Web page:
Some might think Matt Wallaert is a software engineer, but he's actually a social scientist with Bing at Microsoft.
Wallaert believes that analysis of social interactions will continue to increase within specific product groups, as social interactions and data play a more important role in business, reports the Seattle Times.
It seems as if the Bill and Melinda Gates Foundation taps that ideology to focus on disease modeling by analyzing weather and mosquito populations to reduce or eradicate polio and malaria. The data provides insight into how to boost immune systems, in part, by changing the genetic makeup of foods in affected areas.
During the Virtual Faculty Summit 2013, Gates made an important point in front of an audience filled with educators: few people are polymathic and have the ability to reason across multiple subject areas. Still, he believes having a foundation in some subjects will spur deep innovation.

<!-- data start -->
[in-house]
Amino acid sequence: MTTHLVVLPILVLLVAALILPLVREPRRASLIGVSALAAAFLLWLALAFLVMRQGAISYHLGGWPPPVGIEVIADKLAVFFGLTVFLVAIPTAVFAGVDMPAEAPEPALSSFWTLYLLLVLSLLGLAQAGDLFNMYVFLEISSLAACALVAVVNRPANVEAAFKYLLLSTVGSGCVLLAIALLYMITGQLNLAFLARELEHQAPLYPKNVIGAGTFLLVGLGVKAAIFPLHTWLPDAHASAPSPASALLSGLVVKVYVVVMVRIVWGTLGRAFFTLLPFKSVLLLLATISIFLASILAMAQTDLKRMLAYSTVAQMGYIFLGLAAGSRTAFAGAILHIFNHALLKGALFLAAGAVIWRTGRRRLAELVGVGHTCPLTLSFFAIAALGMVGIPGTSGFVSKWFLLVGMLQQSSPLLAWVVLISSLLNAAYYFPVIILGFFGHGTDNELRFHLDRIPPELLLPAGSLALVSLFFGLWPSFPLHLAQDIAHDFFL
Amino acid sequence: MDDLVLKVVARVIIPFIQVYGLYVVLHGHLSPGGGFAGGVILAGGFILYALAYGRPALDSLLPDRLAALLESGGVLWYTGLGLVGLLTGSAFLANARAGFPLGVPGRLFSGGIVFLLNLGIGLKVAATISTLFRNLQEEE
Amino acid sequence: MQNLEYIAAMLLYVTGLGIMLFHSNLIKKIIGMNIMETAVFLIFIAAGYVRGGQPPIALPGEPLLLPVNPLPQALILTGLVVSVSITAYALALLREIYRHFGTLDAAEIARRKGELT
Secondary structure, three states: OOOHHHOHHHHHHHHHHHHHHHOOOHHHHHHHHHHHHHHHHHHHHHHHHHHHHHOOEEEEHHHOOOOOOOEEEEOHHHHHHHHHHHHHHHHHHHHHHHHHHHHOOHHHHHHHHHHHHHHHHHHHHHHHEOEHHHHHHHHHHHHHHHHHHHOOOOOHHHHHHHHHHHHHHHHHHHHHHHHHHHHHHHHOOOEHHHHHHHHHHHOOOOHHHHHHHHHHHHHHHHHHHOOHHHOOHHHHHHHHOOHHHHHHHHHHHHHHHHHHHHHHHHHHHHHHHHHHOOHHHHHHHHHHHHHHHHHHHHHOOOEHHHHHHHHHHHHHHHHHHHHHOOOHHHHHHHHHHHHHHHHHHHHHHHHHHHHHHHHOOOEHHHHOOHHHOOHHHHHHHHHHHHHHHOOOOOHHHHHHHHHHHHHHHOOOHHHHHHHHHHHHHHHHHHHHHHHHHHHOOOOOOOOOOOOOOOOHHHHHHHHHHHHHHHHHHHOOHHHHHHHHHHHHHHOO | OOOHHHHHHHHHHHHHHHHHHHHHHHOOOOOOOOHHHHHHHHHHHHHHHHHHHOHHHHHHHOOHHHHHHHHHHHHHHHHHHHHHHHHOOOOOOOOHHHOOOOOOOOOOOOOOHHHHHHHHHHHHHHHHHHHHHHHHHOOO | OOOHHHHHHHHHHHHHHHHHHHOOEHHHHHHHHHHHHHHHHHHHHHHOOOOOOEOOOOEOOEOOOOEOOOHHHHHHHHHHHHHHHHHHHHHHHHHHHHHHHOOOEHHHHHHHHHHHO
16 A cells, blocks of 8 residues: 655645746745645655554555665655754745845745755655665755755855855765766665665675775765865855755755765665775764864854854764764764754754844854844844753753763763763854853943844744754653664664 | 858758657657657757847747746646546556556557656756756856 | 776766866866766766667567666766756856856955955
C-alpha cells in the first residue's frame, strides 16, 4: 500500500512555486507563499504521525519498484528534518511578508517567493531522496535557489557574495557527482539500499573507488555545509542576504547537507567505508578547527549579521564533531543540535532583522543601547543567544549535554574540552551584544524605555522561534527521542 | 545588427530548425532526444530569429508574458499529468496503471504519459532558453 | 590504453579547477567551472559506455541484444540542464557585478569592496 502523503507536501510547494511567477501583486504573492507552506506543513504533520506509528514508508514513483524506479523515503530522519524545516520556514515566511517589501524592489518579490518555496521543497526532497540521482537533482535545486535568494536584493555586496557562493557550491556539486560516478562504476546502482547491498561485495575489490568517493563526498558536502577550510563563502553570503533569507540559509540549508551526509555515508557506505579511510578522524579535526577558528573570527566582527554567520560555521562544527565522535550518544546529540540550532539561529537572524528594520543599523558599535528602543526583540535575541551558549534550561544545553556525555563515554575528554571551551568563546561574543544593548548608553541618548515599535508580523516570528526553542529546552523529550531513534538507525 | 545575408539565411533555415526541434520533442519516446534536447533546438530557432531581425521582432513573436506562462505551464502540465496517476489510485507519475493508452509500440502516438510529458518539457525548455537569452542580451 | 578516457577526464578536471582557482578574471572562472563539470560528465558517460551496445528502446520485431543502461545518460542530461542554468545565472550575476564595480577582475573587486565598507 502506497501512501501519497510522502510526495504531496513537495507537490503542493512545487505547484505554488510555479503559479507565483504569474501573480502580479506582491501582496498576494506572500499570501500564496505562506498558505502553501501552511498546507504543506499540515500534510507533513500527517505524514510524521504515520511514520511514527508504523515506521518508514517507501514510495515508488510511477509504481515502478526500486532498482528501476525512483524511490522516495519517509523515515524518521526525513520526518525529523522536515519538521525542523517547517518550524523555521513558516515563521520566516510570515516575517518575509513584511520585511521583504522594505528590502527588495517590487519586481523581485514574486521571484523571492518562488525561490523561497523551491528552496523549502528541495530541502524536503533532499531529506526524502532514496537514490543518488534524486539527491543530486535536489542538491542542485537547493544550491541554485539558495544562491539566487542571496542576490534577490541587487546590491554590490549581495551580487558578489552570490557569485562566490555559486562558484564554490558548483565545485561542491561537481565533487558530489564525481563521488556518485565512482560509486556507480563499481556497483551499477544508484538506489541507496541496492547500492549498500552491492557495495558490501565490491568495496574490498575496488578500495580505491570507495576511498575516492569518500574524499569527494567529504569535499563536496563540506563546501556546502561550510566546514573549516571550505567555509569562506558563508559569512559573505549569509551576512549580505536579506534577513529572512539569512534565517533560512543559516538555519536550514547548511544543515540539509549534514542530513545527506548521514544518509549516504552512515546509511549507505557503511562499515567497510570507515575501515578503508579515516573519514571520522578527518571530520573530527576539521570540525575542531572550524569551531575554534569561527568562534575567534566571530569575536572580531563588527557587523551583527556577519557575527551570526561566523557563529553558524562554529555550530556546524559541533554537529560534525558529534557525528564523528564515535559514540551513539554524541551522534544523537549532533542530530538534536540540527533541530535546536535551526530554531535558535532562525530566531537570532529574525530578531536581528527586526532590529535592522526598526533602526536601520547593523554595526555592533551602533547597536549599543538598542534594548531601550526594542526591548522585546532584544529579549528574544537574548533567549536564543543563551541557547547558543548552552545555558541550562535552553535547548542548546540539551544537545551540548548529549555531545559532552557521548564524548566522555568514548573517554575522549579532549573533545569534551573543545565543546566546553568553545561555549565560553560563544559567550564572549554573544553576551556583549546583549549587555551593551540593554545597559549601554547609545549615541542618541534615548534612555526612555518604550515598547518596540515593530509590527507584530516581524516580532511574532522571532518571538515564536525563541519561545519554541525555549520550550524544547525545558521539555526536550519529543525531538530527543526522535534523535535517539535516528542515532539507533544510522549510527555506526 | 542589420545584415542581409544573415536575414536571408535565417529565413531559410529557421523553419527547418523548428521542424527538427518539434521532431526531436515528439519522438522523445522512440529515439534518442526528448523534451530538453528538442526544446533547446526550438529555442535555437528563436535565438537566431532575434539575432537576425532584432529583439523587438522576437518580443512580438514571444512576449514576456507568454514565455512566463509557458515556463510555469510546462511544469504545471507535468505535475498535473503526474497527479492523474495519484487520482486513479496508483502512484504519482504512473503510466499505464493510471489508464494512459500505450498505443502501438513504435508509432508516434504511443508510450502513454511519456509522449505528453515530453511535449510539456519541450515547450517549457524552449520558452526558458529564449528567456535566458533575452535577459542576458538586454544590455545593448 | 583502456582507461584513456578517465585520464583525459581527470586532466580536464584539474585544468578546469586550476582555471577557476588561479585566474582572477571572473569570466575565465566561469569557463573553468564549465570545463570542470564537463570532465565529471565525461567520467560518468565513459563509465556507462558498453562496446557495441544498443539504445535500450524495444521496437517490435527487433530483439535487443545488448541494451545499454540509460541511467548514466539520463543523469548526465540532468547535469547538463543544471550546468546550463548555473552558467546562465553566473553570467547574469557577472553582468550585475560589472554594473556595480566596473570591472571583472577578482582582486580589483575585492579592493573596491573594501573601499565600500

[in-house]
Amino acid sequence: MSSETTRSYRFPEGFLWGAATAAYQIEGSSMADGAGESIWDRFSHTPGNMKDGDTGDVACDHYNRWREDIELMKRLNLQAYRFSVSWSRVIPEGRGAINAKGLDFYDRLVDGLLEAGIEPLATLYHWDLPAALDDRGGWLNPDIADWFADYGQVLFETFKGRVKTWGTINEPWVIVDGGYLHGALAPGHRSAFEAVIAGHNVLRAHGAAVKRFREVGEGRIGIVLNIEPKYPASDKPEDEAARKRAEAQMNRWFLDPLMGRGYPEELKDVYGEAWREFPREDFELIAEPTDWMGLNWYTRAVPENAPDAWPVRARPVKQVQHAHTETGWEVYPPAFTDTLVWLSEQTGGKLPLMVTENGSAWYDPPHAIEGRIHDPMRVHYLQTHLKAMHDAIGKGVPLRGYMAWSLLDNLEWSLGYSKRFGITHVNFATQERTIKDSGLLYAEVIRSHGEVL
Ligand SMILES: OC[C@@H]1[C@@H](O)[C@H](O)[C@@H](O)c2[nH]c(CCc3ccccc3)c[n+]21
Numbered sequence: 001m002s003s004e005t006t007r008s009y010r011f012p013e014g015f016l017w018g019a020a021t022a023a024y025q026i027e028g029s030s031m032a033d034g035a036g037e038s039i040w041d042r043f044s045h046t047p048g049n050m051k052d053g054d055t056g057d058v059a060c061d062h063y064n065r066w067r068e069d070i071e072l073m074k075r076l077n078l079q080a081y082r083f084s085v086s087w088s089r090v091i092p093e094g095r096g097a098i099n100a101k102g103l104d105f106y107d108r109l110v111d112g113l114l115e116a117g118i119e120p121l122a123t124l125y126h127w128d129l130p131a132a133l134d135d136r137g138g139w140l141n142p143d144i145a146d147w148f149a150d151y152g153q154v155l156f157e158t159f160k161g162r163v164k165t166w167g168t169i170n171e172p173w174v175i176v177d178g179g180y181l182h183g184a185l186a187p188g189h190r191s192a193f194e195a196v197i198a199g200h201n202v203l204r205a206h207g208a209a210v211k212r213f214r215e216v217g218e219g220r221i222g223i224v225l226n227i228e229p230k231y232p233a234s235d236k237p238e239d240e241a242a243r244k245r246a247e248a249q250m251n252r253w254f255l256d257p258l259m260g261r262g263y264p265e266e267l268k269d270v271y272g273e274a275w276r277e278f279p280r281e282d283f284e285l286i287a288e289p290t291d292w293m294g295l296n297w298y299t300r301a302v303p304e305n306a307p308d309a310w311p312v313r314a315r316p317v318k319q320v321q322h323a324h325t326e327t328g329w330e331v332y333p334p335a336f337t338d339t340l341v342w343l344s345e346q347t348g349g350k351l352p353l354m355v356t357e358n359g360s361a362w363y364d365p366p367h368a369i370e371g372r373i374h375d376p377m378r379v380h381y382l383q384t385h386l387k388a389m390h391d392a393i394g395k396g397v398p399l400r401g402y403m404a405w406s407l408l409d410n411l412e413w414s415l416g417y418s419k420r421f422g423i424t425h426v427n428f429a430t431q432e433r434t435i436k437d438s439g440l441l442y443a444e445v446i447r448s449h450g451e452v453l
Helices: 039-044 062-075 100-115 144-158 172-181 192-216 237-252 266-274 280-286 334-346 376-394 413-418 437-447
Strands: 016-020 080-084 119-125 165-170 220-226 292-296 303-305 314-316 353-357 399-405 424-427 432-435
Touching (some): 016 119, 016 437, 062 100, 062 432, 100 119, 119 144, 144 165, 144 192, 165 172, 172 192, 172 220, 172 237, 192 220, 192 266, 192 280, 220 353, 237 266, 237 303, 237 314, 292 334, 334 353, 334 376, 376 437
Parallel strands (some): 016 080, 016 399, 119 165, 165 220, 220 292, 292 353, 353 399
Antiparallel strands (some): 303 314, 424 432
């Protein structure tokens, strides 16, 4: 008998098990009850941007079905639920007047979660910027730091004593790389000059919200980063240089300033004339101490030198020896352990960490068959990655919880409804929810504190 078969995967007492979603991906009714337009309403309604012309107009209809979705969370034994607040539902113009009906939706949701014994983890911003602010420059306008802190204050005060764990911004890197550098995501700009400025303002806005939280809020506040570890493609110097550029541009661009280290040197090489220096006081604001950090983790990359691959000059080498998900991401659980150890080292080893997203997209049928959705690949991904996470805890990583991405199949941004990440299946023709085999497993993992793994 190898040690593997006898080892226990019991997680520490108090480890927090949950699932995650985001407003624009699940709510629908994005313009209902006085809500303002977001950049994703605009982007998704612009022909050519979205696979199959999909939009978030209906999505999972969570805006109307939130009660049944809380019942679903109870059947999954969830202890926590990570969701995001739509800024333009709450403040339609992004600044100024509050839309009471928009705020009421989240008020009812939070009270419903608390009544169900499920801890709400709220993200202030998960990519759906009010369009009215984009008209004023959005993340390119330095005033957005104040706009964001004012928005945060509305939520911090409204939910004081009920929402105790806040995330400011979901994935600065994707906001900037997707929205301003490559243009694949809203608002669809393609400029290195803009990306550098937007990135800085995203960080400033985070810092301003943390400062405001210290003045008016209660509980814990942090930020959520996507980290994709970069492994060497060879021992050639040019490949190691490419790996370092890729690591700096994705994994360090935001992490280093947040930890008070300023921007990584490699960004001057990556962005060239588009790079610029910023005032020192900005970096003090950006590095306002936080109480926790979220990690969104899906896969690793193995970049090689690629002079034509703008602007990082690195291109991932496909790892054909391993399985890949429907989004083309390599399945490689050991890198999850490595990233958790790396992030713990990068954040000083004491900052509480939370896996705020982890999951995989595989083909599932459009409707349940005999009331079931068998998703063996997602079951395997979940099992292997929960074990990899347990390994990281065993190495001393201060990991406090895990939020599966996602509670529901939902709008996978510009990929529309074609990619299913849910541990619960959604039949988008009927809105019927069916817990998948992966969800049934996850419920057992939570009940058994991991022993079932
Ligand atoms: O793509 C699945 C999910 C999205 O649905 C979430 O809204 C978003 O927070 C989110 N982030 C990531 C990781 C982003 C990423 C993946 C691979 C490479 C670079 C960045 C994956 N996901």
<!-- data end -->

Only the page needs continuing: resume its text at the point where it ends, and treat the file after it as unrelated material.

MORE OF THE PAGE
People can "make fun" of social media because many of the casual tweets talk about what someone had for breakfast, but Gates views the medium as enriching communications between people with common interests. "Social media will be profound in terms of people giving advice about their life and leaning about things, but it's not there yet," he said.
Microsoft has been using Twitter more frequently to run "social" studies related to behavior. In one such study, researchers ask participants to install a Twitter application and complete a 15 minute online questionnaire. Participants must leave the Twitter app on their device for two weeks.
A $5 Amazon.com gift card given for compensation can increase with bonus money based on the participant's performance in the study. The Twitter app will not post anything to the participant's Twitter feed, unless the person elects to do so based on choices in the survey.